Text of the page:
Taking out insurance in case he is unable to generate the same grassroots enthusiasm among young voters and small political donors as he did in 2008, President Barack Obama is set to launch his re-election bid with a coast-to-coast tour of big money Democratic fundraisers.
The Obama campaign is expected to fire the starting gun of the presidential race this week – filing papers with the Federal Election Commission (FEC) as early as today – and then hit the circuit for what is expected to be the most expensive election in history.
The White House is playing down the time Mr Obama will have to take off from his presidential duties to prepare for the showdown in November next year, saying it expects the campaign to be relatively subdued until spring 2012, but his campaign staff hope to stuff his war chest with money from rich supporters long before a Republican challenger is nominated.
In 2008, Mr Obama brought in almost $750m (£465m) from donors large and small, as his insurgent campaign bested first Democratic frontrunner Hillary Clinton and then Republican nominee John McCain on the promise of hope, change and a new kind of post-partisan politics.
Even Mr Obama's closest supporters admit that reviving that atmosphere will be tough after more than two gruelling years in the White House. Independent voters have become disillusioned with the President's inability to achieve bipartisan compromise, while younger, left-leaning voters have watched with disappointment as he ran up against the realities of power, failing to make the big changes hoped on issues ranging from gay rights to foreign policy.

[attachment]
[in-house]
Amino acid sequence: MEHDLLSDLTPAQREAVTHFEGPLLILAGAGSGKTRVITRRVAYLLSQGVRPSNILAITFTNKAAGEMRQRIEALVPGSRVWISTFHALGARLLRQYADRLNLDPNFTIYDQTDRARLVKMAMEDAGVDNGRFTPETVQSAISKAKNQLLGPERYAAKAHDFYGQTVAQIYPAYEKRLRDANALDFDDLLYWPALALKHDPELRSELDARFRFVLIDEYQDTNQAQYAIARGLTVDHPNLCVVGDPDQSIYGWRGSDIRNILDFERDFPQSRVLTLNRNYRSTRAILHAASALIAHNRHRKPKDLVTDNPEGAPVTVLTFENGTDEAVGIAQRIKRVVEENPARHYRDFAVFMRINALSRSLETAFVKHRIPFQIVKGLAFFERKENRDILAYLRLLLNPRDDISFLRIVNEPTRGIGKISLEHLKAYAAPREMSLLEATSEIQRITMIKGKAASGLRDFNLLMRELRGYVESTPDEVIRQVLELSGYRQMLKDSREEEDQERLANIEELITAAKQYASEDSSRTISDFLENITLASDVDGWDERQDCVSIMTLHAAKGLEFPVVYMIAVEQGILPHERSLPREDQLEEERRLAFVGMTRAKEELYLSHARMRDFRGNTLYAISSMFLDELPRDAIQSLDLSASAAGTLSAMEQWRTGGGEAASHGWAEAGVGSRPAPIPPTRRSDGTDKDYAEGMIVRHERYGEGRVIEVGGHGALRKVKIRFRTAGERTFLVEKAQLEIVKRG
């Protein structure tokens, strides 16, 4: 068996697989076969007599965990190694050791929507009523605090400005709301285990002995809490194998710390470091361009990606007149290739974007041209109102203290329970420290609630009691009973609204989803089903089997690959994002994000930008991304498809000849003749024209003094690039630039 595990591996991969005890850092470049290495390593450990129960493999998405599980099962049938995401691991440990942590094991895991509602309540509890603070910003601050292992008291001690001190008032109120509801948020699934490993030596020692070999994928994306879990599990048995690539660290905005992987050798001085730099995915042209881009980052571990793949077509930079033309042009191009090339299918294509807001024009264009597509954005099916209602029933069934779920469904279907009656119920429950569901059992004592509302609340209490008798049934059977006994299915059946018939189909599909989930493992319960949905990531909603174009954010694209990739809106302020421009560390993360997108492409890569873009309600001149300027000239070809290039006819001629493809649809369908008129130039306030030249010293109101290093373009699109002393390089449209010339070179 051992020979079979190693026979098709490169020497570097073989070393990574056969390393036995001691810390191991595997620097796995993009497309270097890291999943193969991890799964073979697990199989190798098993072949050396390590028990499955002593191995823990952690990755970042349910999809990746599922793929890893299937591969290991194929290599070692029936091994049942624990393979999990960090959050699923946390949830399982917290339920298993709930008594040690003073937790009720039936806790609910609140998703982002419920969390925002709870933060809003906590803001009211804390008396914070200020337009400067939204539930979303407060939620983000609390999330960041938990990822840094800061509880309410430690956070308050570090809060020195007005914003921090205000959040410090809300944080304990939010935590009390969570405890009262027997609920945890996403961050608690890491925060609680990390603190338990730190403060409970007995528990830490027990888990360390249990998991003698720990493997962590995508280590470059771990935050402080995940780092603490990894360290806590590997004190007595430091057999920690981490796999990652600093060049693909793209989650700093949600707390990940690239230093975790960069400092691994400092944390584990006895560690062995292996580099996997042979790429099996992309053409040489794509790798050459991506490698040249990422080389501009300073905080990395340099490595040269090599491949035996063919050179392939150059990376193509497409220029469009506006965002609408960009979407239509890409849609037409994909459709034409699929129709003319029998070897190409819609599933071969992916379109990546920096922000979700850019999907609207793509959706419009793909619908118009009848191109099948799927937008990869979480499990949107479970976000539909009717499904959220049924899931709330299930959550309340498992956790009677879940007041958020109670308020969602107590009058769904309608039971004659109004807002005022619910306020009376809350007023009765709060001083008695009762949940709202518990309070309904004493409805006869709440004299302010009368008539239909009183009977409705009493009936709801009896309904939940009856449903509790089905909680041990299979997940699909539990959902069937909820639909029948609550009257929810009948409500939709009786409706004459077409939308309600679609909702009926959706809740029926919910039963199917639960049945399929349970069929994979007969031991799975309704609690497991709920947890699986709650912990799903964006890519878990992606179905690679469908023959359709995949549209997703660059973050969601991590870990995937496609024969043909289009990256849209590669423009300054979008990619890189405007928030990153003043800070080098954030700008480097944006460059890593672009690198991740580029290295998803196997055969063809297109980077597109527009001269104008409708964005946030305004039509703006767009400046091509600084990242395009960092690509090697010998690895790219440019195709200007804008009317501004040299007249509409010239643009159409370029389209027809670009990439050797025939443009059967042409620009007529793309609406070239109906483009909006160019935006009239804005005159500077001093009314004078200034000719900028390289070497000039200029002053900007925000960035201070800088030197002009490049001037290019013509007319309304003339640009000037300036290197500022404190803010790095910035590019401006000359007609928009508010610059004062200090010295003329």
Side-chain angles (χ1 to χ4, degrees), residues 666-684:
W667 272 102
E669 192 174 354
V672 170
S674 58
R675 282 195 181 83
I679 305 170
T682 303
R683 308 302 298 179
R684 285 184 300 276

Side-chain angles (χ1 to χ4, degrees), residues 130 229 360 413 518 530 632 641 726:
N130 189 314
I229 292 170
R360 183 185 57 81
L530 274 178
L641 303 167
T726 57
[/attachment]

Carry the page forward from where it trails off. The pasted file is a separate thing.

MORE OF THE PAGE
There are concerns, too, about whether the big money donors will flock to Mr Obama for 2012 as they did four years ago. Wall Street, which was a big constituency last time round, has been angered by the President's post-credit crisis reforms and anti-bank rhetoric – at least until the Democrats' defeat in mid-term elections last November prompted a new business-friendly tone from the administration.
For the past few weeks, Jim Messina, the Obama campaign manager, and Patrick Gaspard, the executive director of the Democratic party, have been criss-crossing the country meeting frustrated donors, hoping to re-energise them. Major donors are being set a target of raising $350,000 apiece.
Mr Obama is already slated to appear at party fundraising events this month in Chicago, New York, LA and San Francisco. Filing formal election papers with the FEC means that money from those events can now be split between the party and the President's re-election campaign.
Mr Obama is expected to be unchallenged in the Democratic primaries. Joe Biden, who is expected to be renominated as Vice-President, is meeting important supporters today in New Hampshire, where the first primary will be held in January.
Mr Obama's re-election campaign is likely to be announced via a text or email message to the thousands of grassroots supporters who signed up to his first presidential run. The campaign is also expecting to make a big fundraising push using social media. A campaign headquarters has been set up in Chicago in an effort to tune out the day-to-day noise of government in Washington and to recapture the outsider spirit of the last run.
"Small donors, grass-roots donors, medium-sized and major donors were all part of the mix in 2008 and they will be again in 2012," Democratic party spokesman Brad Woodhouse told The Washington Post. "We didn't rely on one type of donor then, nor will we now."
No Republican challengers have filed papers with the FEC so far, though Tim Pawlenty, a former governor of Minnesota, has set up a fundraising committee and Mitt Romney, a former governor of Massachusetts, has been touring donors to secure money for a second run for the White House.
Speculating to accumulate
* Barack Obama raised a total of $745m (£462m) for his presidential campaign, more than double the $320m mustered by Republican supporters of John McCain. This was despite the fact that Obama chose to opt out of the federal funding system, the first nominee from a major party to do so. 91 per cent of Obama's funding came from individual donors, in a campaign that prided itself on grassroots support, which is likely to be harder to come by this time round. During the 2008 race his campaign announced it had raised $10m in just 24 hours after Sarah Palin was named as McCain's running mate.